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Hunting and fishing

Fri., Aug. 13, 2010

Steelheaders in the catch-and-release Clearwater are having a ball throwing small flies on top. Mike Beard of Northwest Outfitters in Coeur d’Alene says this is the best early fishing for A-run steelhead he can remember.

The St. Joe is running about 740 cfs at Calder and 140 cfs at Red Ives, and cutthroat fishing is excellent. There is a lot of bug activity. The Clark Fork action is still good early, but the late morning/afternoon bite is picking up, too. Hoppers patterns are effective. The St. Regis is getting pounded pretty hard where the water is easy to reach. Put on your hiking boots for much better fishing.

The Blackfoot near Missoula is fishing well in the morning through the middle of the day. The fish are hitting spruce moths and spinners. Most fish are small. The river is best early and in the evening. The upper Bitterroot remains cold and is offering good dry fly action through the whole day with spinners and spruce moths in the a.m. and hoppers in the p.m.

Salmon and steelhead

The larger Coeur d’Alene chinook are staging now to go up the Coeur d’Alene River. The tournament last weekend had a surprising number of 20-plus-pound fish weighed in, with a winning weight of 24.3 pounds.

The confluence of the Snake and Clearwater has been good for steelhead anglers dipping purple-dyed shrimp under a bobber. Morning bite is best.

Chinook fishing remains pretty slow at Brewster, and the mouth of the Okanogan could be almost over for the year. The remaining fish are starting to move around both below Well’s Dam and at Brewster, so move around. The Brewster Chinook Tournament, which had over 100 boats fishing for three days weighed in only 112 fish, including sockeye.

As of midweek, the coho hadn’t yet shown up at Westport, though local guides insist they are on the way. Friends who fished there recently said a salmon/bottom-fishing trip 15 miles out-yielded mostly big chinook and lots of rock bass.

Drano Lake steelhead are on the bite. Mornings are best, with purple-dyed shrimp under a bobber taking the most fish. Boat anglers averaged close to a fish per rod last week. On the White Salmon River, bank anglers are catching some steelhead.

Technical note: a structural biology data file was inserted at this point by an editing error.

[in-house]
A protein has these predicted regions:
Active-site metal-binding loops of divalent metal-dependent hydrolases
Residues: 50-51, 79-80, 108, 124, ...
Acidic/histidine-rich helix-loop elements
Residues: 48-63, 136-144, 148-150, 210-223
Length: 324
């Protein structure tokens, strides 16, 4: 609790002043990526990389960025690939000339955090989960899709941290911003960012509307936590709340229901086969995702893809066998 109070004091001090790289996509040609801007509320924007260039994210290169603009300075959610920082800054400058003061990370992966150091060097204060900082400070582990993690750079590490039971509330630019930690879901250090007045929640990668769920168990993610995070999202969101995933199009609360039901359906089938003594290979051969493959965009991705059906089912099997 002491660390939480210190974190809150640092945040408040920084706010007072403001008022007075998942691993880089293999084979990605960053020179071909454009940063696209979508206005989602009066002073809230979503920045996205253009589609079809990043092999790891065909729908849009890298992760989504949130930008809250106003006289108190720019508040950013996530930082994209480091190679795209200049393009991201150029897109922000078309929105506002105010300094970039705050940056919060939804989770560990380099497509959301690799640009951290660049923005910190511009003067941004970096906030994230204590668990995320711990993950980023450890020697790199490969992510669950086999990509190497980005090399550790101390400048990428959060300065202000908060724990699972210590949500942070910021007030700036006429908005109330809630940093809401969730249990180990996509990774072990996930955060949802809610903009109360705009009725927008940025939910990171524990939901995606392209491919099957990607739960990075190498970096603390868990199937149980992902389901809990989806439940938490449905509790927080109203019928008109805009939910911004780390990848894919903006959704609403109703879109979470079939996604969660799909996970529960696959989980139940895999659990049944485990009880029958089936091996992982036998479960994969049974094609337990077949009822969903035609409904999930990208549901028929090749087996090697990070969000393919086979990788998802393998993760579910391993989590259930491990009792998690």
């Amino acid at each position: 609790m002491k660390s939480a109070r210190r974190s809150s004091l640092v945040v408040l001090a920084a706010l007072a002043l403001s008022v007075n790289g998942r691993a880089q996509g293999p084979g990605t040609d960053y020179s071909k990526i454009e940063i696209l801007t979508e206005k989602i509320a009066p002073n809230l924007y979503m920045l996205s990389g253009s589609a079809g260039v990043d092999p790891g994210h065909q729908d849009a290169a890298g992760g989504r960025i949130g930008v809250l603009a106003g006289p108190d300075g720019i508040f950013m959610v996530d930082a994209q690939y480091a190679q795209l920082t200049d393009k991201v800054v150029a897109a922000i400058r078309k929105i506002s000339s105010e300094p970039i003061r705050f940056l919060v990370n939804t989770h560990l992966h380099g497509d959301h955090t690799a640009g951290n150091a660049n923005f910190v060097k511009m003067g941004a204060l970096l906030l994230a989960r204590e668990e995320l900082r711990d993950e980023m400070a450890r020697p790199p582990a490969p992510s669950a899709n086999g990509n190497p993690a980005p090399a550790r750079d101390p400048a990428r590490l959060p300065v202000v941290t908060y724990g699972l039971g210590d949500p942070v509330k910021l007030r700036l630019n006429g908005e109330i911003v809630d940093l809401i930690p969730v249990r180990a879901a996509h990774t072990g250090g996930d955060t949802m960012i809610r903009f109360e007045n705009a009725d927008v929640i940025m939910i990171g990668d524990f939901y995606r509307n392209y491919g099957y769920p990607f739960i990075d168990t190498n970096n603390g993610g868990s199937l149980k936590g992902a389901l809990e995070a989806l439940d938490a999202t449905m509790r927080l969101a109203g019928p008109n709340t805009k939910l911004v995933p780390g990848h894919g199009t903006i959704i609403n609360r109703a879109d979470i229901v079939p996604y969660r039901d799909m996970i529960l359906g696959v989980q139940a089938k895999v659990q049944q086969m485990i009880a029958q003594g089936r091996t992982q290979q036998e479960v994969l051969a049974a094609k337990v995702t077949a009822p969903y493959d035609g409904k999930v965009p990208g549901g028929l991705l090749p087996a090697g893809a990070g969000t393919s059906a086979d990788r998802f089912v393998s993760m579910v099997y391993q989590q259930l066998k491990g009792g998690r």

Trout and kokanee

Coeur d’Alene kokanee are said to be stacked up between East Point and Harlow Point at the 15-to-20-foot level. The fish are small, but six-fish limits are common.

Koocanusa Lake in Montana has been only fair recently for 6-to-12-inch kokanee. Lake Mary Ronan kokes are much larger, running 12 to 14 inches.

Loon Lake night fishermen are averaging a big ’bow and a big tiger trout each but are finding few kokanee. Trollers say the morning bite has slowed but is still decent. Chapman Lake anglers are finding kokanee by still-fishing during the day, but they’re going clear to the bottom in 70 feet of water. Trollers, on the other hand, look for fish activity on the surface and only go out a couple colors.

Waitts Lake is still a good destination for rainbow and brown trout, most running 12 to 14 inches. Gary and Frank Atchison of Deer Lake trolled the middle of Waitts recently with worm-tipped fly and flasher, taking limits in three hours. They were dragging 120 feet of leaded line with 50 feet of leader.

Sprague Lake has received little attention recently, but the anglers not scared off by the algae bloom are doing well. At Sprague Lake Resort, Monika Metz says an angler recently caught a 30-inch rainbow off the dock – the largest fish reported so far. She says the trick to assuring a good-eating fish is to get it on ice rather than a stringer, and reminds anglers that only two trout over 20 inches may be kept.

Spiny ray

Deer Lake bass fishermen are finding both largemouth and smallmouth in abundance. Throw plastics close to weeds and docks. Dark green and purple have been productive colors.

Lake Roosevelt walleye are holding tight to weed beds in 15 to 25 feet of water. Bottom walkers and ’crawlers are effective, but plastic worms work too. Fishing has also been consistently good on the flats. Most fish are under 16 inches.

Liberty Lake anglers report finding some perch that approach 12 inches near the public access. Smaller bluegills and smallmouth are also been caught. Best fishing is reported to be after 7:30 p.m. Friends who fished straight out from the public access at Diamond Lake, had a similar report, catching virtually nothing from 2-7 p.m., then quickly putting about 20 perch 9 to 11 inches in the boat. They noted that the trout – both browns and rainbow – also became active as darkness approached.

Newman Lake has been off and on for tiger muskie, but is one of the most likely spots for a big fish right now. Successful anglers are throwing bucktails and surface plugs.

Pike fishing in the Idaho Chain Lakes is good. On Coeur d’Alene and Hayden, anglers tossing plastics are finding smallmouth around docks in the morning and in 20-25-feet of water over sand flats later on.

The MarDon dock on Potholes Reservoir is turning on again after a dry spell. Anglers are catching some nice crappie and bluegill as well as bass. Trollers and spin-casters have taken some 2-pound crappie on a #5 Shad Rap.

At Darver Tackle in Starbuck, Verna Foley reminds anglers of the long-casting competition at Lyons Ferry Marina on Aug. 21. She also says walleye are now being taken clear to the dam. Info: (866) 578-3808.


The Washington Wildlife Commission adopted 2010-11 migratory waterfowl hunting seasons this week. Under the new regulations, the statewide duck hunting season will be open from Oct. 16-20 and Oct. 23-Jan. 30. A special youth hunting weekend is scheduled for Sept. 25-26.

Contact Alan Liere at


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